Santiago now phrases this in her terms: "Art is a way of communicating ideas to an audience in a way that the audience finds engaging." Yet what ideas are contained in Stravinsky, Picasso, "Night of the Hunter," "Persona," "Waiting for Godot," "The Love Song of J. Alfred Prufrock?" Oh, you can perform an exegesis or a paraphrase, but then you are creating your own art object from the materials at hand.
Kellee Santiago has arrived at this point lacking a convincing definition of art. But is Plato's any better? Does art grow better the more it imitates nature? My notion is that it grows better the more it improves or alters nature through an passage through what we might call the artist's soul, or vision. Countless artists have drawn countless nudes. They are all working from nature. Some of there paintings are masterpieces, most are very bad indeed. How do we tell the difference? We know. It is a matter, yes, of taste.
Santiago now supplies samples of a video game named "Waco Resurrection" (above), in which the player, as David Koresh, defends his Branch Davidian compound against FBI agents. The graphics show the protagonist exchanging gunfire with agents according to the rules of the game. Although the player must don a Koresh mask and inspire his followers to play, the game looks from her samples like one more brainless shooting-gallery.
"Waco Resurrection" may indeed be a great game, but as potential art it still hasn't reached the level of chicken scratches, She defends the game not as a record of what happened at Waco, but "as how we feel happened in our culture and society." Having seen the 1997 documentary "Waco: The Rules of Engagement," I would in contrast award the game a Fail in this category. The documentary made an enormous appeal to my senses and emotions, although I am not proposing it as art.
Her next example is a game named "Braid" (above). This is a game "that explores our own relationship with our past...you encounter enemies and collect puzzle pieces, but there's one key difference...you can't die." You can go back in time and correct your mistakes. In chess, this is known as taking back a move, and negates the whole discipline of the game. Nor am I persuaded that I can learn about my own past by taking back my mistakes in a video game. She also admires a story told between the games levels, which exhibits prose on the level of a wordy fortune cookie.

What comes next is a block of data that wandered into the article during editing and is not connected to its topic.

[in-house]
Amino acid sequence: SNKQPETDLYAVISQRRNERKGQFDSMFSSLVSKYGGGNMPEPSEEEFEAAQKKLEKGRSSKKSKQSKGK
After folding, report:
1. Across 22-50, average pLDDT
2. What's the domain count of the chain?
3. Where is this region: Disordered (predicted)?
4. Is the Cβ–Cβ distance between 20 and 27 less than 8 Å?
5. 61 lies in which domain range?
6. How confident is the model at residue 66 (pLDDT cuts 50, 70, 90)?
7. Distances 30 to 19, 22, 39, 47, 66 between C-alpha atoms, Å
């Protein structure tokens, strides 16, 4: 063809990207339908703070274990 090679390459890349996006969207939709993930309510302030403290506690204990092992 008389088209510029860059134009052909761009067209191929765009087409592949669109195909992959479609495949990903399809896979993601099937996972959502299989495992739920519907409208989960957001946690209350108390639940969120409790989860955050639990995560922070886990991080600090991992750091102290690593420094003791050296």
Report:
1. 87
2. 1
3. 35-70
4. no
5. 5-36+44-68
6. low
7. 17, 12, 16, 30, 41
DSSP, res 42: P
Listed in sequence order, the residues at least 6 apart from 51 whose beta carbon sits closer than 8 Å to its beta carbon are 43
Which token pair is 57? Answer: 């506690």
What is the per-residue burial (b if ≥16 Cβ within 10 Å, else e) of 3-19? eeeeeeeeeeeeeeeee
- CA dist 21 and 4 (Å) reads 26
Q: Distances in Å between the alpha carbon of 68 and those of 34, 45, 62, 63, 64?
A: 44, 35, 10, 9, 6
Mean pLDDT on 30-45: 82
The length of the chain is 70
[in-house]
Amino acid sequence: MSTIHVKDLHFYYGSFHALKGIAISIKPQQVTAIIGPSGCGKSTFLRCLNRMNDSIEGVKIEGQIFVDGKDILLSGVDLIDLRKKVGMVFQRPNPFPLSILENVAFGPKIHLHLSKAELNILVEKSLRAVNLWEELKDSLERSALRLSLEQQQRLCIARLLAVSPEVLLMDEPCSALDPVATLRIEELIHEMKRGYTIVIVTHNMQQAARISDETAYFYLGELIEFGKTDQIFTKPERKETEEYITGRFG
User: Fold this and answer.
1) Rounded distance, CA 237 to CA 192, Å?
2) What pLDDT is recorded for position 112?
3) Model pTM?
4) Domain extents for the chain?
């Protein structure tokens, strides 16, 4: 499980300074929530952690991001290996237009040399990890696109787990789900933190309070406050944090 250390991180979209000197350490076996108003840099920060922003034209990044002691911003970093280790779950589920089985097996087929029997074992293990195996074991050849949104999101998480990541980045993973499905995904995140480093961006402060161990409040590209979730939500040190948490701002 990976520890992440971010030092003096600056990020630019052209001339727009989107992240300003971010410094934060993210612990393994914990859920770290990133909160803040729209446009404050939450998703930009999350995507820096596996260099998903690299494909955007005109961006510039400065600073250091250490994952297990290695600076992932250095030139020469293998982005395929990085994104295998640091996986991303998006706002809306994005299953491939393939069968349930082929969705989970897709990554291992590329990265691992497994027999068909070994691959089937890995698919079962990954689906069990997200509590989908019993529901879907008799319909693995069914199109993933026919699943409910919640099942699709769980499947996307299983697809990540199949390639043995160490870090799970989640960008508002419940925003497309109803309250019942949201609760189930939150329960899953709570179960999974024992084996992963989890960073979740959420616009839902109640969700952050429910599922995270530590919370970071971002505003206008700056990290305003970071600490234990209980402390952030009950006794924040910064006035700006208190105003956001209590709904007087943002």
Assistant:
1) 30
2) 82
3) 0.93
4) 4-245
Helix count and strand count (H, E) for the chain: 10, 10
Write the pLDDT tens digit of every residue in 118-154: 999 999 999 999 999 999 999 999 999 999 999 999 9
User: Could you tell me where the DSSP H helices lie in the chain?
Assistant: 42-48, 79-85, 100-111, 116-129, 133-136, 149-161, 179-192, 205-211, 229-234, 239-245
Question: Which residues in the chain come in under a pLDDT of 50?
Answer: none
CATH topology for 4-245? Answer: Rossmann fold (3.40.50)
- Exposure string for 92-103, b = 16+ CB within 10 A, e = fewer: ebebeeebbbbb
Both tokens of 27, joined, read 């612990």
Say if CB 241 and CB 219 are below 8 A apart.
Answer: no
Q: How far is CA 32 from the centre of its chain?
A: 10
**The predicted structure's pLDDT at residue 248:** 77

We come to Example 3, "Flower" (above). A run-down city apartment has a single flower on the sill, which leads the player into a natural landscape. The game is "about trying to find a balance between elements of urban and the natural." Nothing she shows from this game seemed of more than decorative interest on the level of a greeting card. Is the game scored? She doesn't say. Do you win if you're the first to find the balance between the urban and the natural? Can you control the flower? Does the game know what the ideal balance is?
These three are just a small selection of games, she says, "that crossed that boundary into artistic expression." IMHO, that boundary remains resolutely uncrossed. "Braid" has had a "great market impact," she says, and "was the top-downloaded game on XBox Live Arcade." All of these games have received "critical acclaim."
Now she shows stills from early silent films such as George Melies' "A Voyage to the Moon" (1902), which were "equally simplistic." Obviously, I'm hopelessly handicapped because of my love of cinema, but Melies seems to me vastly more advanced than her three modern video games. He has limited technical resources, but superior artistry and imagination.
These days, she says, "grown-up gamers" hope for games that reach higher levels of "joy, or of ecstasy....catharsis." These games (which she believes are already being made) "are being rewarded by audiences by high sales figures." The only way I could experience joy or ecstasy from her games would be through profit participation.
The three games she chooses as examples do not raise my hopes for a video game that will deserve my attention long enough to play it. They are, I regret to say, pathetic. I repeat: "No one in or out of the field has ever been able to cite a game worthy of comparison with the great poets, filmmakers, novelists and poets."
Why are gamers so intensely concerned, anyway, that games be defined as art? Bobby Fischer, Michael Jordan and Dick Butkus never said they thought their games were an art form. Nor did Shi Hua Chen, winner of the $500,000 World Series of Mah Jong in 2009. Why aren't gamers content to play their games and simply enjoy themselves? They have my blessing, not that they care.